I fully accept that a Sky Lift (or Abba stand) swingarm mount points won't fit every bike ever made (older bikes with 'solid' swingarm pivots being the obvious case), but it's probably not as well known that Abba provide fitment kits that use footrest mounting points so swingarms can be removed and worked on. These kits screw into footrest mounting points in place of the standard M8/M10/M12 bolts.

https://abbastands.co.uk/product-detail.asp?item=swing-arm-removal-kit&pid=21

With any luck, these might accommodate older Hondas and would certainly work on the Futura. Not sure about Maxi-scooters, though. When replying to Andy's other points I'll stick to to my original numbering system for ease of reading (and commenting!).

1. I'd say that the ability to move a Sky Lift mounted bike around the shed/garage is one of its major advantages. Just being able to get the bike out of the way, move it to a better spot (nearer a power point etc.) is really handy and a major selling point. I still have reservations as to how truly movable an EazyRizer is when fully loaded. The floor surface in the video was glass-like in its perfection, which made it appear simple. I wonder how many of us have a floor surface like that in their shed/garage? I certainly don't.

2. Once again, this is something anyone considering the purchase of a Sky Lift or Eazy Rizer will have to decide upon. How much are these extra functions worth to you? I've certainly found it useful. Kudos to Andy if he can reverse-engineer these functions on to an Eazy Rizer.

3. I don't have any figures for that either. It was just a 'seat of the pants' guesstimate that may well be incorrect. My Sky Lift is currently dismantled and packed away, so I can't pop out to the shed and check. Call it a score draw...

4. Using mechanical means to raise the Eazy Rizer has a lot of advantages - it's cheaper to manufacture (which can be reflected in the cost price), it's infinitely adjustable and it stops wherever you want it to without needing to peg it in place. My comment was simply to point out the over-engineered nature of the hydraulic ram on the Sky Lift (which undoubtedly adds to its cost).

I'd take issue with Andy's assertion that the Eazy Rizer is significantly more robust than the Sky Lift - the delivered weight of the Sky Lift made it a 2 man job to get the (humungous) package from the delivery van to my shed. I'd say the Sky Lift is at least as robust as the Eazy Rizer, and probably more so.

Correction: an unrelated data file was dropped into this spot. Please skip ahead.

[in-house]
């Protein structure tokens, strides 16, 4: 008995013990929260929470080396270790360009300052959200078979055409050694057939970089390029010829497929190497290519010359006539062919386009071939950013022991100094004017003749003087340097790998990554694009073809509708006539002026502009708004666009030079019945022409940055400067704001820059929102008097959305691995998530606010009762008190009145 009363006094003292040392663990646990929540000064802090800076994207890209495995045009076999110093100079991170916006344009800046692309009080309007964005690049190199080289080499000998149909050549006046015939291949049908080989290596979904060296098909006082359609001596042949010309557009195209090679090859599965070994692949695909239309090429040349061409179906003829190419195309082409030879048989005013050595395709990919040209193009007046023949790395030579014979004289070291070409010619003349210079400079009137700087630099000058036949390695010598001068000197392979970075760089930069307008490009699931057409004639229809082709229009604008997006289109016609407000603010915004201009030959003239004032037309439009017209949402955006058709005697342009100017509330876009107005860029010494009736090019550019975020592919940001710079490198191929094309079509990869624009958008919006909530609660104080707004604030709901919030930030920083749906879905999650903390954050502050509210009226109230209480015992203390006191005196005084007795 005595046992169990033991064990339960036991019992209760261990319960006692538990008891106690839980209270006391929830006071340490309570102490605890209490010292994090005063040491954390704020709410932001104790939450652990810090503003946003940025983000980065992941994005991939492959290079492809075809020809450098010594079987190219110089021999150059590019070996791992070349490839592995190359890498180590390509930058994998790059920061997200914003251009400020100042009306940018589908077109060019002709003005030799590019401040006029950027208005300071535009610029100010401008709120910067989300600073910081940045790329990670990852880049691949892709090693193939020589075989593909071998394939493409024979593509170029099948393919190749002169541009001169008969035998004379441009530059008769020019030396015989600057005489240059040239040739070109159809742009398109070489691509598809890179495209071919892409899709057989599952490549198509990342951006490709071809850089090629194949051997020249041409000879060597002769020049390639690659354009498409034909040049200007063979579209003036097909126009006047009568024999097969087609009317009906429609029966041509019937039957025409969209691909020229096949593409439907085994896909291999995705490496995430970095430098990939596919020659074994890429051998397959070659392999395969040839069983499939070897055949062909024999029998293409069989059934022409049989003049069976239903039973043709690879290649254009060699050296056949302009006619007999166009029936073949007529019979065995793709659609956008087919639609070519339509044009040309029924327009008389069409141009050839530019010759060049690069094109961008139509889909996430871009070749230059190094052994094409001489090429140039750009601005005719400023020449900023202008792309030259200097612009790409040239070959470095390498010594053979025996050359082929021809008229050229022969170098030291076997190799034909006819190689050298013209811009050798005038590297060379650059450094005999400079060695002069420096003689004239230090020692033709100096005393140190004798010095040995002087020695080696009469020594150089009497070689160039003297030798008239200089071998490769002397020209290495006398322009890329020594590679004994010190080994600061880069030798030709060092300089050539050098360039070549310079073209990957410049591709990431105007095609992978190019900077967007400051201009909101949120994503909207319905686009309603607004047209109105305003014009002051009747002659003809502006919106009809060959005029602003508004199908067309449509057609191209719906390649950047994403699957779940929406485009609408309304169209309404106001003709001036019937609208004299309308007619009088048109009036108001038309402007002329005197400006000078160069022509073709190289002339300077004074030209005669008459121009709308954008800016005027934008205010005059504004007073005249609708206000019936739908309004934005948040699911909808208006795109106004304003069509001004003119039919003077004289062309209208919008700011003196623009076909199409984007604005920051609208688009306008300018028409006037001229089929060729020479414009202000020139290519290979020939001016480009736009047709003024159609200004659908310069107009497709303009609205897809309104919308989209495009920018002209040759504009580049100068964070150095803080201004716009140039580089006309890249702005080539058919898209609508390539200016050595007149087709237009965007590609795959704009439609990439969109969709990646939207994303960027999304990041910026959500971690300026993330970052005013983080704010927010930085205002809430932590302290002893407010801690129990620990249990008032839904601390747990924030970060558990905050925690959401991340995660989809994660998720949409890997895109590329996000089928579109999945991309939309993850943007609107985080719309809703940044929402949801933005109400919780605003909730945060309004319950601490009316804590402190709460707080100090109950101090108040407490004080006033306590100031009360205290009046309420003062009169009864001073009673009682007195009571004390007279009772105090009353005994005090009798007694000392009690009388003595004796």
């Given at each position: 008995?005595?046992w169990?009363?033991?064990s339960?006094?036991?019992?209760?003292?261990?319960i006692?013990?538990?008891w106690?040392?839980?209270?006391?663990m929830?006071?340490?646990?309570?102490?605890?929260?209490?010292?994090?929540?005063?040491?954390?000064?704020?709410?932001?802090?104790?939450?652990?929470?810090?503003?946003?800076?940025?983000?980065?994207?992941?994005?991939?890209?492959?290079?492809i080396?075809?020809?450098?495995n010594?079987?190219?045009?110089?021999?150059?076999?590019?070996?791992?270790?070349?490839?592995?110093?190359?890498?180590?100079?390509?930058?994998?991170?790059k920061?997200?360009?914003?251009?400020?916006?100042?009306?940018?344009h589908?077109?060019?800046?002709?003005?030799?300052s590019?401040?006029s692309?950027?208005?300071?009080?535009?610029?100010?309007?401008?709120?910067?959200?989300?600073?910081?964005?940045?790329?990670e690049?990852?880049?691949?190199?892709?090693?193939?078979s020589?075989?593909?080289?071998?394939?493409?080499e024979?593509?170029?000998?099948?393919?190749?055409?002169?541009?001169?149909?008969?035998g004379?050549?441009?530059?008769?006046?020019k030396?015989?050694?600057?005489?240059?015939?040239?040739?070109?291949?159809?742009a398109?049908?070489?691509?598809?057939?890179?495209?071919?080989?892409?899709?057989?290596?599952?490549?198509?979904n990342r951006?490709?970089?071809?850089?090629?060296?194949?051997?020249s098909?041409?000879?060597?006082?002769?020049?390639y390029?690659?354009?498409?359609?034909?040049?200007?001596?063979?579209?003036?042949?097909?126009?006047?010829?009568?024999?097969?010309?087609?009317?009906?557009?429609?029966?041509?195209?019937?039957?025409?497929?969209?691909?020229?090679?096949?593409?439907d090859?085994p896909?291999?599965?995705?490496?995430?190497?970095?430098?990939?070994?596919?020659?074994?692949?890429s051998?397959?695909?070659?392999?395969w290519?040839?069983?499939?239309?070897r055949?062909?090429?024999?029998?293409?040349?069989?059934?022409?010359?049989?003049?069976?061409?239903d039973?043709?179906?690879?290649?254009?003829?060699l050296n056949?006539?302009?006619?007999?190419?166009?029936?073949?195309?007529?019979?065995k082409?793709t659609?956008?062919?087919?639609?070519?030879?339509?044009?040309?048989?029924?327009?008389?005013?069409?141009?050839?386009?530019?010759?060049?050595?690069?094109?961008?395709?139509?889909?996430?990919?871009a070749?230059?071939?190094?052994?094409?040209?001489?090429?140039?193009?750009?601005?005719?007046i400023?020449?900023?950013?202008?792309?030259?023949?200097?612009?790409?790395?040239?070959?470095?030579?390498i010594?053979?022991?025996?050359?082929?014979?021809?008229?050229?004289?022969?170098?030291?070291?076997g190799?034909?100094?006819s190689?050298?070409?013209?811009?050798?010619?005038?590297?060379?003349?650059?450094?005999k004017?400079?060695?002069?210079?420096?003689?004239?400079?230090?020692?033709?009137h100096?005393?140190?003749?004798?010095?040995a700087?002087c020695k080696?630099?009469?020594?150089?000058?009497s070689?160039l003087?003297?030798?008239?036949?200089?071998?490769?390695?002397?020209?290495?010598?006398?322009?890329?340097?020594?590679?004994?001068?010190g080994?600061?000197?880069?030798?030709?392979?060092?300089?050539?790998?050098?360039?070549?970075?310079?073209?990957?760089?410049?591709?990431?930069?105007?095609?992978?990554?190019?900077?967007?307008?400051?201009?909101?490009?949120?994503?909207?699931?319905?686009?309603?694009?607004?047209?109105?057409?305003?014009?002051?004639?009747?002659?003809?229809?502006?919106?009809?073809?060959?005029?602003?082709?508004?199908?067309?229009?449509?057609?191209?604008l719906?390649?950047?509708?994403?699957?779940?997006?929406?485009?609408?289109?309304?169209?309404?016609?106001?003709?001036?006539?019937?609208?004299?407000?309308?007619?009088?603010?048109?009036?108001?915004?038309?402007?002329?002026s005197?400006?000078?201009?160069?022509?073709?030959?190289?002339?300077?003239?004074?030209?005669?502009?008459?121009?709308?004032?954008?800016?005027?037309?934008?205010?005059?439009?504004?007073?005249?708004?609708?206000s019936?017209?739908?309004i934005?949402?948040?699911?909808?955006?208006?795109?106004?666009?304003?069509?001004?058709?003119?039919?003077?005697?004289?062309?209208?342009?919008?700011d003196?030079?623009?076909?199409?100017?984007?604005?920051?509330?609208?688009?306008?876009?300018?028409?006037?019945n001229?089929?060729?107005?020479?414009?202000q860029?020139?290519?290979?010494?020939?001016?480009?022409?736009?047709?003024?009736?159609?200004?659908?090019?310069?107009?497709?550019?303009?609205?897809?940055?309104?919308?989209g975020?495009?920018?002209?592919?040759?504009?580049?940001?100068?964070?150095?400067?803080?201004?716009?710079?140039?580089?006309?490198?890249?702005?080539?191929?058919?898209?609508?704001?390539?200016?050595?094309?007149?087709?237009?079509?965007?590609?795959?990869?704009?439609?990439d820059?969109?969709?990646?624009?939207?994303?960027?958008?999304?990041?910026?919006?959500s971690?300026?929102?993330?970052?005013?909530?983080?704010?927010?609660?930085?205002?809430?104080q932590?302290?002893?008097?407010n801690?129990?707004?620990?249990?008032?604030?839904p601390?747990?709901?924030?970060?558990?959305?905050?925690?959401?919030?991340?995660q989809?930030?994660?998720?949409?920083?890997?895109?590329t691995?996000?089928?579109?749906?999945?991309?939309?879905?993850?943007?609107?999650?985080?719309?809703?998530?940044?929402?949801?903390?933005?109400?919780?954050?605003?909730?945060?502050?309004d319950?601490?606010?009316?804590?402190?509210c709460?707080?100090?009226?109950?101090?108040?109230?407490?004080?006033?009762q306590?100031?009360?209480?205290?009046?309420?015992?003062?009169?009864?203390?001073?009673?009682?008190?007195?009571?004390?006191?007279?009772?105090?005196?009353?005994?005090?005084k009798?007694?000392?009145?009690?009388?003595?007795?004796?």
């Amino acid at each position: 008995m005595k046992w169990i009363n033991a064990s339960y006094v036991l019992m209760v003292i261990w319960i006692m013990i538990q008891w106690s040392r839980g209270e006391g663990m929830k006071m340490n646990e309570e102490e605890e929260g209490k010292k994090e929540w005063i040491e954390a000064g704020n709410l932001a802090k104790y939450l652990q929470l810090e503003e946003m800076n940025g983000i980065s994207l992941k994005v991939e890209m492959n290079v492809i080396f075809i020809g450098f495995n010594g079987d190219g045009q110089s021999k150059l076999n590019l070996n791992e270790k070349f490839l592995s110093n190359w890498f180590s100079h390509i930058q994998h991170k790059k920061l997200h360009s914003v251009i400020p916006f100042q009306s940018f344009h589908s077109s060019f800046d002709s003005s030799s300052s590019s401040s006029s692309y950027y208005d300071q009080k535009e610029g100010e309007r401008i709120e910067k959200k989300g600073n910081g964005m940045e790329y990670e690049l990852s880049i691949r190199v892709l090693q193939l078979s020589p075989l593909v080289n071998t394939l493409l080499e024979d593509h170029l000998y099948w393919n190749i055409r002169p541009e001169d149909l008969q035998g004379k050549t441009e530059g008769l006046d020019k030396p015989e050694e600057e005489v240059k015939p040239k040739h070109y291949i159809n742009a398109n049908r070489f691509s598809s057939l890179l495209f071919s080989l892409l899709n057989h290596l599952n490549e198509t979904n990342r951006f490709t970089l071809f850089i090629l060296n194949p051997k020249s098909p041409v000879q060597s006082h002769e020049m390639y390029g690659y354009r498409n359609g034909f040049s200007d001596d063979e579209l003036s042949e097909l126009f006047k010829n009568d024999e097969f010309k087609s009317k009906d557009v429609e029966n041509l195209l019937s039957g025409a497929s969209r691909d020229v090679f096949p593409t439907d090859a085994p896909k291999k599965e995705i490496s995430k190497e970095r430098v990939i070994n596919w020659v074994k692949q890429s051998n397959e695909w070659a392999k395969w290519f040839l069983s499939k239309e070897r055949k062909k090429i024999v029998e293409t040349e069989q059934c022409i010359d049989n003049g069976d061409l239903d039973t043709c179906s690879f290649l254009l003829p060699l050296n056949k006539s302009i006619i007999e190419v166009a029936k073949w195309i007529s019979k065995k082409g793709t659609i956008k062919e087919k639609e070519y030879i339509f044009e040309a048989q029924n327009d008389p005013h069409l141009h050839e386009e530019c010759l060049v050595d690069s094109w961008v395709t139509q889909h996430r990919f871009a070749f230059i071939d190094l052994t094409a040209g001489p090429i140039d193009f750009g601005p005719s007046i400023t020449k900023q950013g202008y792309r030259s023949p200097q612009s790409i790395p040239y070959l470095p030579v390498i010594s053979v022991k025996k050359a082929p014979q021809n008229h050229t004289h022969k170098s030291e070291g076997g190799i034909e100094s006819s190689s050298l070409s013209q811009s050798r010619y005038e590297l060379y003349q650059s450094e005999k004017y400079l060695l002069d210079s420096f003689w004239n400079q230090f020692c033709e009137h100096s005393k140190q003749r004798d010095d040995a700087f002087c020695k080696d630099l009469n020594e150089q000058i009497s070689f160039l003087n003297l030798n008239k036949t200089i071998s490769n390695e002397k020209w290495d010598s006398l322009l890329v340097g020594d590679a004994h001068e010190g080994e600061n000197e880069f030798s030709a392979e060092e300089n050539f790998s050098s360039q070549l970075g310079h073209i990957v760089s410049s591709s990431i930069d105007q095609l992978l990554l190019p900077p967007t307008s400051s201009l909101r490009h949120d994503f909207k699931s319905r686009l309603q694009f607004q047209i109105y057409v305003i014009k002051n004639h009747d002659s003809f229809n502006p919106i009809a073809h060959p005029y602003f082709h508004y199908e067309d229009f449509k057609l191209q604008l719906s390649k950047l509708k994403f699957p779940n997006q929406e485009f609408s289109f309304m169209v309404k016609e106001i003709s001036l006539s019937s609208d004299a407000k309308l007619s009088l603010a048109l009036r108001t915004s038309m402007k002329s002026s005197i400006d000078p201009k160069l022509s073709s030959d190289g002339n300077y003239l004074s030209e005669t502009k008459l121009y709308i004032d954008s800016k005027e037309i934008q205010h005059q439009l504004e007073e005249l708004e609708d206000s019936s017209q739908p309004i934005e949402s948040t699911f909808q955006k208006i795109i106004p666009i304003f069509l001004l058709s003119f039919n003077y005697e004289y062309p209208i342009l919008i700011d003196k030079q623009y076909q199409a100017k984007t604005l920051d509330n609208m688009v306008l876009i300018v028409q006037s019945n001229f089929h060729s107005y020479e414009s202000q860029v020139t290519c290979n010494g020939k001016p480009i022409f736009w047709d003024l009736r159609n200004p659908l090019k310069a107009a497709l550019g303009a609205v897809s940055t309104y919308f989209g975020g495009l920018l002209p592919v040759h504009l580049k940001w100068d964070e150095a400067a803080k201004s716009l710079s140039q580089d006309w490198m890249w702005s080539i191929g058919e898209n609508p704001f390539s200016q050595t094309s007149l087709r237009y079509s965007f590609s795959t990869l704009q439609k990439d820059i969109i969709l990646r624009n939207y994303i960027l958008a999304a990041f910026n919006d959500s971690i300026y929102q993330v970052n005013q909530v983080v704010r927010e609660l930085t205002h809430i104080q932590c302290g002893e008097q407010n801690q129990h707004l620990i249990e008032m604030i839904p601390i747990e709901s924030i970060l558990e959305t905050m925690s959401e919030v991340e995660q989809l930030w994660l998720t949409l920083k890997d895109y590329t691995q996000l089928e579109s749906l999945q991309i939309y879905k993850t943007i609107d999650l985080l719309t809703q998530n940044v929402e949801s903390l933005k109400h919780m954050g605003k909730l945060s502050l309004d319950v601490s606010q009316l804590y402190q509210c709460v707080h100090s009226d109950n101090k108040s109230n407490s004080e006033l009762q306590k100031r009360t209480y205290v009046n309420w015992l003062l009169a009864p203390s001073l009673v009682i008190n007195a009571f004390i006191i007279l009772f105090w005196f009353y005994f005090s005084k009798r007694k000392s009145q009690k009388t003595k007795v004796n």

So basically it's a case of how does the price differential (£340 for the Eazy Rizer, £437 for the Sky Lift) match up to the difference in capabilities between the two products. Assuming all other points are equal, is it worth paying an extra £100 to be able to move the plot around your shed/garage with a bike loaded on it, along with the wheelie/stoppie position capability? I'm confident that the Abba swingarm removal kit levels the playing field in terms of bikes that can be accommodated (or at least makes it less of a showstopper).

Of course, if enough people sign up to a Group Buy on the Eazy Rizer that would increase the price differential and probably tip the balance for many folk.
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D-Rider
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PostPosted: Mon Oct 28, 2019 8:36 pm    Post subject: Reply with quote

Don't misunderstand Graham - I wasn't trying to argue the toss as much as say how things seemed to me.
I've no experience of either - just saying why I am seriously considering the EazyRizer

Seems unlikely we're going to get enough for a group buy anyway.
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PostPosted: Tue Oct 29, 2019 1:41 pm    Post subject: Reply with quote

D-Rider wrote:
Don't misunderstand Graham - I wasn't trying to argue the toss as much as say how things seemed to me.
I've no experience of either - just saying why I am seriously considering the EazyRizer

Seems unlikely we're going to get enough for a group buy anyway.

Yes, likewise. I was flying blind when I bought the Sky Lift and would have appreciated a run down of its plus and minus points before I committed. As it is, I'm happy with it At least anyone considering a purchase has seen a full discussion of the pros and cons of both products.

Shame about the numbers - but then I wonder how many people regularly check in here. It's probably only single figures.